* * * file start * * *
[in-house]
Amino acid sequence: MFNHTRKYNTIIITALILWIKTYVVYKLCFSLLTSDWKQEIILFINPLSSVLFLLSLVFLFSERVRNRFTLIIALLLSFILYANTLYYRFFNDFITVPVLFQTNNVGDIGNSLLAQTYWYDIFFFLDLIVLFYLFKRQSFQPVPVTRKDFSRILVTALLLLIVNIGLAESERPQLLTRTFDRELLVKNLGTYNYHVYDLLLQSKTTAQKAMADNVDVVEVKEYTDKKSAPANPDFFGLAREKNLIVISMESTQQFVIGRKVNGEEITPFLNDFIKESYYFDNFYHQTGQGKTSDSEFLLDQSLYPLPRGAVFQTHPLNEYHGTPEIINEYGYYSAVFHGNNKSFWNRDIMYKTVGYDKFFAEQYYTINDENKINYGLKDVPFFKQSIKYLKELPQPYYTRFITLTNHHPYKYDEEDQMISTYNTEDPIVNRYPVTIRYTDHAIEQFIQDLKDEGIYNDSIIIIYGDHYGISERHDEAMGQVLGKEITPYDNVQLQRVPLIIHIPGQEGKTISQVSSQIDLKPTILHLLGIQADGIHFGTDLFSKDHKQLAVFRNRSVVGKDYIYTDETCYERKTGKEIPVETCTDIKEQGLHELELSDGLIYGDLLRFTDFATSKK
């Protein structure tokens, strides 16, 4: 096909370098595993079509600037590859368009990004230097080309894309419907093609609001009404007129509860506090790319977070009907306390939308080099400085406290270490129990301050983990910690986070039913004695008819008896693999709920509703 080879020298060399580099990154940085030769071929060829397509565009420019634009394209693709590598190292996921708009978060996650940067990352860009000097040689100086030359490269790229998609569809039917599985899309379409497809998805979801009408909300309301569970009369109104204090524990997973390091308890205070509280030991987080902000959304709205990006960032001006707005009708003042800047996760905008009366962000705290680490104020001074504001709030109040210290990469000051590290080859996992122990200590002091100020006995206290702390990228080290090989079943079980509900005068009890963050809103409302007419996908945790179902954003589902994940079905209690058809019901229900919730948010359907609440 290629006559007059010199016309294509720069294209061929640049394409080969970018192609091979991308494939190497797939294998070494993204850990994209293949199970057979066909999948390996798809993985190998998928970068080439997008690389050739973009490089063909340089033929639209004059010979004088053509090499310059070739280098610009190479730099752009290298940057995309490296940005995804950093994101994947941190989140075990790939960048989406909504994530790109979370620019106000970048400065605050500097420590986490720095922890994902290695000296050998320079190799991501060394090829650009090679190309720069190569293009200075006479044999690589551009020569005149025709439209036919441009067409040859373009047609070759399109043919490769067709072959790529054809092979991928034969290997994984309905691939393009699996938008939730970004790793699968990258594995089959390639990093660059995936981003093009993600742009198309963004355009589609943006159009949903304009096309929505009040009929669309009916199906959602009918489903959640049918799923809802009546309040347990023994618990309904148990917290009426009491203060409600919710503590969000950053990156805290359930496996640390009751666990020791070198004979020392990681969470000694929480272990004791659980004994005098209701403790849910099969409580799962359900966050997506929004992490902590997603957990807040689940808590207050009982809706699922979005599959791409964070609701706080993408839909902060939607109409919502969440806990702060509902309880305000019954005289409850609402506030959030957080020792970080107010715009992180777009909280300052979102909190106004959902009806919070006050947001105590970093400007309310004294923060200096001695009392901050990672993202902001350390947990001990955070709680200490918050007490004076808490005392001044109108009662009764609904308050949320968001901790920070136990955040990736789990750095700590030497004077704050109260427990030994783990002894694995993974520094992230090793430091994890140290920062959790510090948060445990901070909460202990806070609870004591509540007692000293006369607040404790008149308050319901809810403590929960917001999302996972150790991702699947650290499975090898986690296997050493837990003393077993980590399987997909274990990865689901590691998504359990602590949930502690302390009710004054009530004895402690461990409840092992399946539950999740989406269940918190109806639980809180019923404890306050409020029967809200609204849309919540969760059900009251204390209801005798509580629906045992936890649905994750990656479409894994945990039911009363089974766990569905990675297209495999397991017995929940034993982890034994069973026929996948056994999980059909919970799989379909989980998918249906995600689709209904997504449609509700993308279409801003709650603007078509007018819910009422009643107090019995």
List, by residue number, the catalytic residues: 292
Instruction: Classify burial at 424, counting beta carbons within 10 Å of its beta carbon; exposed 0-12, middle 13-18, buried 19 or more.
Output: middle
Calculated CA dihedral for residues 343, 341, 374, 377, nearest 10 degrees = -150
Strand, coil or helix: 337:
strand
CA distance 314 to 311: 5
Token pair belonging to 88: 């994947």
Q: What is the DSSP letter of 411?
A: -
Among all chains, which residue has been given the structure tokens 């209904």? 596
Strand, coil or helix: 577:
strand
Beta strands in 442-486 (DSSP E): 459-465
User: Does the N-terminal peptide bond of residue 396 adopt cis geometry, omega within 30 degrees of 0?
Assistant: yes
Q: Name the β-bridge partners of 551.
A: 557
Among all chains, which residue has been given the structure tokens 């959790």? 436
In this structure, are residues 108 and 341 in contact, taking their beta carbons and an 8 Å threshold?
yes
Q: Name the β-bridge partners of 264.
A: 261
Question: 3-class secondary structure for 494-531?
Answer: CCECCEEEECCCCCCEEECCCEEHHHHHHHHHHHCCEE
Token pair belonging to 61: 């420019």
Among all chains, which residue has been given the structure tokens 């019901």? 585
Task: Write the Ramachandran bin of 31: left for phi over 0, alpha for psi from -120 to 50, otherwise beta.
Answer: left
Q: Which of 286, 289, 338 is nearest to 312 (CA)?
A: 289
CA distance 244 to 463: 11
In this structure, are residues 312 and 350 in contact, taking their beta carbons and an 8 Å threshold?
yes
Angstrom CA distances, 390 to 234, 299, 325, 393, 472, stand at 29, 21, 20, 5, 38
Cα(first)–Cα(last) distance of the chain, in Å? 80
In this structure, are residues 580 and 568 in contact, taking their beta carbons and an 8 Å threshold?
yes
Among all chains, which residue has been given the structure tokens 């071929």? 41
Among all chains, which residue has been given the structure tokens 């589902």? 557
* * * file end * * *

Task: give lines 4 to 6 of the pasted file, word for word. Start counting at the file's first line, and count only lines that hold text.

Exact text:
List, by residue number, the catalytic residues: 292
Instruction: Classify burial at 424, counting beta carbons within 10 Å of its beta carbon; exposed 0-12, middle 13-18, buried 19 or more.
Output: middle